As part of this directive, County staff will be reviewing ways to improve and strengthen the ability to meet these expectations by considering measures such as requiring contractor prequalification for more projects; increased penalties to contractors to enforce start and end dates for construction contracts; and, reviewing holdback types and amounts to ensure contractor performance.

It is anticipated that this review and implementation of appropriate changes to capital project contract management will further reduce the number of projects that are not delivered satisfactorily.

Speed Warning Sign Pilot Program Commences, New Equipment Deployed

On Tuesday, August 28, Mayor Ken Hewitt, Haldimand County Council and Police Services Board members met with local OPP Detachment staff to unveil newly-purchased speed monitoring equipment. The new equipment – including pole-mounted speed warning signs (12), Speed Spy data collectors (3) and a trailer-mounted, portable speed warning sign (1) – will be deployed in the coming weeks.

With input from the Haldimand Police Services Board, Council approved the purchase of this new speed monitoring equipment during the 2018 Capital Budget deliberations with an estimated expenditure of $112,000. The devices will be deployed as part of a community safety pilot program, initiated by Council in response to vehicle speeding concerns expressed by residents. The deployment plan for the new equipment was generated collaboratively with input from Ward Councillors, the Police Services Board and members of the Haldimand County OPP detachment.

Two pole-mounted speed warning signs will be installed in each of the County’s six Wards as part of the pilot project, while the Speed Spy data collectors will be deployed by the OPP based on complaints received and areas of concern. Data collected from the Speed Spy units will be analyzed by the OPP with the reports subsequently posted to the Haldimand County website. The trailer-mounted, portable speed warning sign will be relocated periodically to enhance the travelling public’s awareness of speeding.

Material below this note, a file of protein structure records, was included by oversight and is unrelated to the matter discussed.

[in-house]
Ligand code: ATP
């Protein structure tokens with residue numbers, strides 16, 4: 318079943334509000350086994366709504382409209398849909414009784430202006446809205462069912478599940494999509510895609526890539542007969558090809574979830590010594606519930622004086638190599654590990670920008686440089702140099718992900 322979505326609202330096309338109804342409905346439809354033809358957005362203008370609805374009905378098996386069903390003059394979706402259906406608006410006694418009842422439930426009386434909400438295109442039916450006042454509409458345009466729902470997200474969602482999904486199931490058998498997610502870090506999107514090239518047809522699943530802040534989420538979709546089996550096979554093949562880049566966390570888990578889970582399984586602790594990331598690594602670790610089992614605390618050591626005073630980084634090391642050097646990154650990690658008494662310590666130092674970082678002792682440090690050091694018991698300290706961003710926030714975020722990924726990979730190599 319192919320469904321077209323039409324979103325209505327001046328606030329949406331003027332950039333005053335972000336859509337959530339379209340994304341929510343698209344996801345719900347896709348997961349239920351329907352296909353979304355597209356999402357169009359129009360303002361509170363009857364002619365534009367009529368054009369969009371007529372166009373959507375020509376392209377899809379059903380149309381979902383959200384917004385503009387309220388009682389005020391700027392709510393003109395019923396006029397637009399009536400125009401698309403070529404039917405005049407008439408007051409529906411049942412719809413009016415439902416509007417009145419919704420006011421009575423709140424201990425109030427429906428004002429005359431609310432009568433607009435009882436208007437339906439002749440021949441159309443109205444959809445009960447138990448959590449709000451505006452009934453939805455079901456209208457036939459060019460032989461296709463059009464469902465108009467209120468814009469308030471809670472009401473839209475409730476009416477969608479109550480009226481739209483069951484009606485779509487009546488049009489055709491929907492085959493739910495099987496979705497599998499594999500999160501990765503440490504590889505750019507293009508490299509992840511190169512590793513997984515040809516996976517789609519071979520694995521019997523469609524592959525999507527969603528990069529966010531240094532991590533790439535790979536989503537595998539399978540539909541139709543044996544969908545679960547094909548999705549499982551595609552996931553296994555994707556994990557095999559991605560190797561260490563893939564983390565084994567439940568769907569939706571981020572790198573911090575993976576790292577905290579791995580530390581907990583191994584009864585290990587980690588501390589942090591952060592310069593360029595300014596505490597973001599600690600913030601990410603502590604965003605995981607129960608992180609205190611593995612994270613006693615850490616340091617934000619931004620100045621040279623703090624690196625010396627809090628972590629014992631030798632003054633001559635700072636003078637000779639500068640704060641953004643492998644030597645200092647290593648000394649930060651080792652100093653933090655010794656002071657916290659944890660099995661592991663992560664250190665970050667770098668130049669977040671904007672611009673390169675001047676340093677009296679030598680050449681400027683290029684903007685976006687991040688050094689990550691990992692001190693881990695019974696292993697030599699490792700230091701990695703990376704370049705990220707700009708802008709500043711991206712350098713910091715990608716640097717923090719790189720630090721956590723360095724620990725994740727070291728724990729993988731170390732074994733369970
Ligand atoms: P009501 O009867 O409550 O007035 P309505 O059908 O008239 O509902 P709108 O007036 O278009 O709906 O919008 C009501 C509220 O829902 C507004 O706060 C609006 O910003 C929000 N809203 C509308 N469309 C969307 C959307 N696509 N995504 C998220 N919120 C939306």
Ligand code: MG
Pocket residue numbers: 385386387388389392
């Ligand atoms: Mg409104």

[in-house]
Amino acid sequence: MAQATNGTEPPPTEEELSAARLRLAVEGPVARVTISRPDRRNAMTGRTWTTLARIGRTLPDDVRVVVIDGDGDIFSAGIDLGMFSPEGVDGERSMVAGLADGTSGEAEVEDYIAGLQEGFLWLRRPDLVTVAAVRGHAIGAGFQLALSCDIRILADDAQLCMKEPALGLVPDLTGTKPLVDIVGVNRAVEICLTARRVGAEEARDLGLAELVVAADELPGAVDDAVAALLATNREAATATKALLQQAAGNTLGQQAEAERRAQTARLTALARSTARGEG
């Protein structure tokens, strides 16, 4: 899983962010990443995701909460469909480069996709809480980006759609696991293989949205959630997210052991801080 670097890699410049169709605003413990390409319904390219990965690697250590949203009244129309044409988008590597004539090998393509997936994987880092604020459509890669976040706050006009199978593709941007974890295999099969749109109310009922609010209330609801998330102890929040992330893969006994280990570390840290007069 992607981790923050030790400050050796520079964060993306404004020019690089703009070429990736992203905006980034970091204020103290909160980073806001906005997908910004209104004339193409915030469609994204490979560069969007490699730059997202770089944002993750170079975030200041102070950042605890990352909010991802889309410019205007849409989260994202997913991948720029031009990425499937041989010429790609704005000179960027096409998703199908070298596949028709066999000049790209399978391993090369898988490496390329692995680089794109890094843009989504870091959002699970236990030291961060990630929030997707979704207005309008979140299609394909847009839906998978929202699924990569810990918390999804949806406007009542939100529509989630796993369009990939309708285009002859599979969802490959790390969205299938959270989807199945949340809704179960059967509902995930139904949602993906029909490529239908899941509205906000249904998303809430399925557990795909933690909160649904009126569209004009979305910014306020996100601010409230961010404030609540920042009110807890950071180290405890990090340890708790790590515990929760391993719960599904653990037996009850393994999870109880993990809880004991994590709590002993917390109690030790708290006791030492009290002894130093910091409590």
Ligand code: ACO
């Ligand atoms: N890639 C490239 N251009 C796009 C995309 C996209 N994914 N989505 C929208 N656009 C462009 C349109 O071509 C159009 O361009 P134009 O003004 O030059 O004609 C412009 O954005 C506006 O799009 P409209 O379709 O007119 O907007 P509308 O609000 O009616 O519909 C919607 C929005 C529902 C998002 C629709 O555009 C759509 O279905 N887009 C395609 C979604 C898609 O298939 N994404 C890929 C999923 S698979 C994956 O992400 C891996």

“This is a good step forward in addressing longstanding safety concerns of Council and residents. Keeping our roads safe for community members and visitors is imperative,” said Mayor Ken Hewitt.

Belinda Rose, Staff Sergeant of Haldimand County’s OPP Detachment echoed Mayor Hewitt’s comments. “Haldimand County OPP remain committed to protecting both motorists and pedestrians. This proactive approach is a positive step towards enhanced public safety,” Rose stated.
Staff Sergeant Rose also reiterated the consequences motorists may face if they are caught speeding. Under Section 128 of The Highway Traffic Act, the following penalties may be applied:

> 20 km/hr above posted speed limit – fines start at $95.00 + 3 demerit points
> 30 km/hr above posted speed limit – fines start at $220.00 + 4 demerit points
> 40 km/hr above posted speed limit – fines start at $295.00 + 4 demerit points
> 50 km/hr above posted speed limit – automatic drivers license suspension and vehicle impoundment

Information regarding the effectiveness of the speed warning sign pilot program will be brought forward to the Haldimand Police Services Board and Council in 2019.

For further information, please contact Karen General, General Manager of Corporate Services, at 905-318-5932 ext. 6321.